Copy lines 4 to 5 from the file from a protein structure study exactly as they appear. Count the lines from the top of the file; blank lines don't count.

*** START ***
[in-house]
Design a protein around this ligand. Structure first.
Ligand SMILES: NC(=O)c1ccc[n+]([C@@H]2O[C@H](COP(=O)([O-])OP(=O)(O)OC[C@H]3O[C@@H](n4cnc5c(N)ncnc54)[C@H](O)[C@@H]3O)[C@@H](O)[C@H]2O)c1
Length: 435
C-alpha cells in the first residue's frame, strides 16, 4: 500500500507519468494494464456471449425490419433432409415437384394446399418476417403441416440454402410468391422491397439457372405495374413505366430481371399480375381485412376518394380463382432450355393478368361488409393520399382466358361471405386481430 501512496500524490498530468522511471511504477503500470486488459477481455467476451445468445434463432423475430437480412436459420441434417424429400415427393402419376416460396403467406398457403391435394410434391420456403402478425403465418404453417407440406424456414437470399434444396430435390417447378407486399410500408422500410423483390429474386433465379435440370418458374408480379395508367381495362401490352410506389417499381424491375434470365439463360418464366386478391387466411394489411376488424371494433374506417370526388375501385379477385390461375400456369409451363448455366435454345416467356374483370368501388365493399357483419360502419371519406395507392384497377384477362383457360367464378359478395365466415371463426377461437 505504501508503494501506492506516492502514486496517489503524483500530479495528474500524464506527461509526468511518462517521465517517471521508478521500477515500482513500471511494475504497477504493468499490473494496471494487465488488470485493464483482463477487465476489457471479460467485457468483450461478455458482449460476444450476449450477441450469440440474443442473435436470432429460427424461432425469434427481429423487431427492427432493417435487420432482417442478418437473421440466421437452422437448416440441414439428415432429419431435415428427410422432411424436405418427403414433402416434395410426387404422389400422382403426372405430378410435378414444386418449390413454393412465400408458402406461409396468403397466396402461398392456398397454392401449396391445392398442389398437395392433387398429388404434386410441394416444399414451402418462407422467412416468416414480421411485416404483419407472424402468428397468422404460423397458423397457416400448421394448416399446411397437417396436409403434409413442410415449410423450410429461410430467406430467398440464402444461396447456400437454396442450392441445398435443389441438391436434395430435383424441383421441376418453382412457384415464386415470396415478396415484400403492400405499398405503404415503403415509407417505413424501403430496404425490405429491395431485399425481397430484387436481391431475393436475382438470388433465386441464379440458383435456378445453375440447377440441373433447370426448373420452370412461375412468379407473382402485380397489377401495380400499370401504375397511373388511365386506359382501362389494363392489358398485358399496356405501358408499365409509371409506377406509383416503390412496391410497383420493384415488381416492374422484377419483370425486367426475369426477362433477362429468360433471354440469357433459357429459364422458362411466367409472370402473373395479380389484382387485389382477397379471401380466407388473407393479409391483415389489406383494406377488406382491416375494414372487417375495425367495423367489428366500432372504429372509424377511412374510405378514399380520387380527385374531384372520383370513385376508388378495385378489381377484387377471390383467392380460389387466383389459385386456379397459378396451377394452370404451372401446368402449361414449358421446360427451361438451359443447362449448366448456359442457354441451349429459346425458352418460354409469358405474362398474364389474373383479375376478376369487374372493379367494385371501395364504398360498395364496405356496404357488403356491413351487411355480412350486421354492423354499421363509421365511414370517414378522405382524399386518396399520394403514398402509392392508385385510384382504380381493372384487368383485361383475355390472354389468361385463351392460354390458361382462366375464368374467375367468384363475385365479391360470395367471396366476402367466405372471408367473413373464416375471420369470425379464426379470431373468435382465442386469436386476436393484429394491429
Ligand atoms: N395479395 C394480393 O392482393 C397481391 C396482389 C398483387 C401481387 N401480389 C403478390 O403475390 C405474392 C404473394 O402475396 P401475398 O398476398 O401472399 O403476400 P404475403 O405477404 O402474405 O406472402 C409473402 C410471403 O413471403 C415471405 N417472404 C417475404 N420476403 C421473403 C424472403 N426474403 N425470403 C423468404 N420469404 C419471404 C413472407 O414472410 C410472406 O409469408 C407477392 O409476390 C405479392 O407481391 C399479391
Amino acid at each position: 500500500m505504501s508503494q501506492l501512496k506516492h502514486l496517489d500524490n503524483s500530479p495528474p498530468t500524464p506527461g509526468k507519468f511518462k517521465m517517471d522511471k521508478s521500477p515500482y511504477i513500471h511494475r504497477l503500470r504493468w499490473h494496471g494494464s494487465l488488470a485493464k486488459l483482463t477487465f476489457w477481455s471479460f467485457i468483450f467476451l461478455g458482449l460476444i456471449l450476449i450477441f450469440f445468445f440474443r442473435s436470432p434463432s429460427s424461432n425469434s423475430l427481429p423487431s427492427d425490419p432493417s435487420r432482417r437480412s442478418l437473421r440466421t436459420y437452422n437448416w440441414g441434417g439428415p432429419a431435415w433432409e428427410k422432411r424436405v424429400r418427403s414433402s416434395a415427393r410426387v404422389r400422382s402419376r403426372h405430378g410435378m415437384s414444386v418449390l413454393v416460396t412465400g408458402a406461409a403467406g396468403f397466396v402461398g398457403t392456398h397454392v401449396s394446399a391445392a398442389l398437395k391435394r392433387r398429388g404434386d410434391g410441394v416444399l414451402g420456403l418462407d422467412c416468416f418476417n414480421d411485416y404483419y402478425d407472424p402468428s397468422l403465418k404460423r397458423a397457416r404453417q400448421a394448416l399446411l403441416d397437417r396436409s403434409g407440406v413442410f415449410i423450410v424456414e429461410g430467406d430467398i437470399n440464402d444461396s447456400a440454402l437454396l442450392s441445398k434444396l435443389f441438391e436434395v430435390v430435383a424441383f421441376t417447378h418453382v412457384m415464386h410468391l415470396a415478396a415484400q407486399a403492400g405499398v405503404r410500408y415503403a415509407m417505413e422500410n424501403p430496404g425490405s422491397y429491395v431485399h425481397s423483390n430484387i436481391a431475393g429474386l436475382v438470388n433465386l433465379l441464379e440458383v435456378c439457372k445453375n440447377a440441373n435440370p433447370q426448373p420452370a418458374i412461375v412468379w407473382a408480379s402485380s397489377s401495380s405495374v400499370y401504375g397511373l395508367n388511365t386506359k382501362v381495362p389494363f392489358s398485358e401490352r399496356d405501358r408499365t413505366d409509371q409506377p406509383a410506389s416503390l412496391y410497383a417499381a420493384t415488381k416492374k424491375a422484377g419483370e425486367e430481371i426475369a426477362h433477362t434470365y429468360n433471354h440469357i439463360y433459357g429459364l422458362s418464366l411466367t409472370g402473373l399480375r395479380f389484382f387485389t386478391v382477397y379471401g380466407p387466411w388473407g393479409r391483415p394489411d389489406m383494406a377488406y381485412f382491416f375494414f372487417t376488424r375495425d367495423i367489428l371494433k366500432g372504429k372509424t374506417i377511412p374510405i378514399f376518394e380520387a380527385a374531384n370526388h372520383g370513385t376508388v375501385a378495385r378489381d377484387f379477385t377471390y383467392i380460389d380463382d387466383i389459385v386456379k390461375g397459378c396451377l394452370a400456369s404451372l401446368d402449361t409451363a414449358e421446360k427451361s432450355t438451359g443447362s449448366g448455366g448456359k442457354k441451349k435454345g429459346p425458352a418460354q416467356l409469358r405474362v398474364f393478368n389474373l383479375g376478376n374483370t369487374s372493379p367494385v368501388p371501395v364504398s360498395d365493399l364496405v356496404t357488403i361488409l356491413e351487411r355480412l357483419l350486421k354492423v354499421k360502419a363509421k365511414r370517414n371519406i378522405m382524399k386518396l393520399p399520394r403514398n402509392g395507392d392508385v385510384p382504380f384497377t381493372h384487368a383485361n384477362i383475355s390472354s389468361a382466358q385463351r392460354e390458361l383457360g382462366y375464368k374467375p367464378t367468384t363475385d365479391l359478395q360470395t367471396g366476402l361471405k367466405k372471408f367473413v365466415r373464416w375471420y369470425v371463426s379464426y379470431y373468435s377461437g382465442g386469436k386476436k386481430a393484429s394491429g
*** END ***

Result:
Length: 435
C-alpha cells in the first residue's frame, strides 16, 4: 500500500507519468494494464456471449425490419433432409415437384394446399418476417403441416440454402410468391422491397439457372405495374413505366430481371399480375381485412376518394380463382432450355393478368361488409393520399382466358361471405386481430 501512496500524490498530468522511471511504477503500470486488459477481455467476451445468445434463432423475430437480412436459420441434417424429400415427393402419376416460396403467406398457403391435394410434391420456403402478425403465418404453417407440406424456414437470399434444396430435390417447378407486399410500408422500410423483390429474386433465379435440370418458374408480379395508367381495362401490352410506389417499381424491375434470365439463360418464366386478391387466411394489411376488424371494433374506417370526388375501385379477385390461375400456369409451363448455366435454345416467356374483370368501388365493399357483419360502419371519406395507392384497377384477362383457360367464378359478395365466415371463426377461437 505504501508503494501506492506516492502514486496517489503524483500530479495528474500524464506527461509526468511518462517521465517517471521508478521500477515500482513500471511494475504497477504493468499490473494496471494487465488488470485493464483482463477487465476489457471479460467485457468483450461478455458482449460476444450476449450477441450469440440474443442473435436470432429460427424461432425469434427481429423487431427492427432493417435487420432482417442478418437473421440466421437452422437448416440441414439428415432429419431435415428427410422432411424436405418427403414433402416434395410426387404422389400422382403426372405430378410435378414444386418449390413454393412465400408458402406461409396468403397466396402461398392456398397454392401449396391445392398442389398437395392433387398429388404434386410441394416444399414451402418462407422467412416468416414480421411485416404483419407472424402468428397468422404460423397458423397457416400448421394448416399446411397437417396436409403434409413442410415449410423450410429461410430467406430467398440464402444461396447456400437454396442450392441445398435443389441438391436434395430435383424441383421441376418453382412457384415464386415470396415478396415484400403492400405499398405503404415503403415509407417505413424501403430496404425490405429491395431485399425481397430484387436481391431475393436475382438470388433465386441464379440458383435456378445453375440447377440441373433447370426448373420452370412461375412468379407473382402485380397489377401495380400499370401504375397511373388511365386506359382501362389494363392489358398485358399496356405501358408499365409509371409506377406509383416503390412496391410497383420493384415488381416492374422484377419483370425486367426475369426477362433477362429468360433471354440469357433459357429459364422458362411466367409472370402473373395479380389484382387485389382477397379471401380466407388473407393479409391483415389489406383494406377488406382491416375494414372487417375495425367495423367489428366500432372504429372509424377511412374510405378514399380520387380527385374531384372520383370513385376508388378495385378489381377484387377471390383467392380460389387466383389459385386456379397459378396451377394452370404451372401446368402449361414449358421446360427451361438451359443447362449448366448456359442457354441451349429459346425458352418460354409469358405474362398474364389474373383479375376478376369487374372493379367494385371501395364504398360498395364496405356496404357488403356491413351487411355480412350486421354492423354499421363509421365511414370517414378522405382524399386518396399520394403514398402509392392508385385510384382504380381493372384487368383485361383475355390472354389468361385463351392460354390458361382462366375464368374467375367468384363475385365479391360470395367471396366476402367466405372471408367473413373464416375471420369470425379464426379470431373468435382465442386469436386476436393484429394491429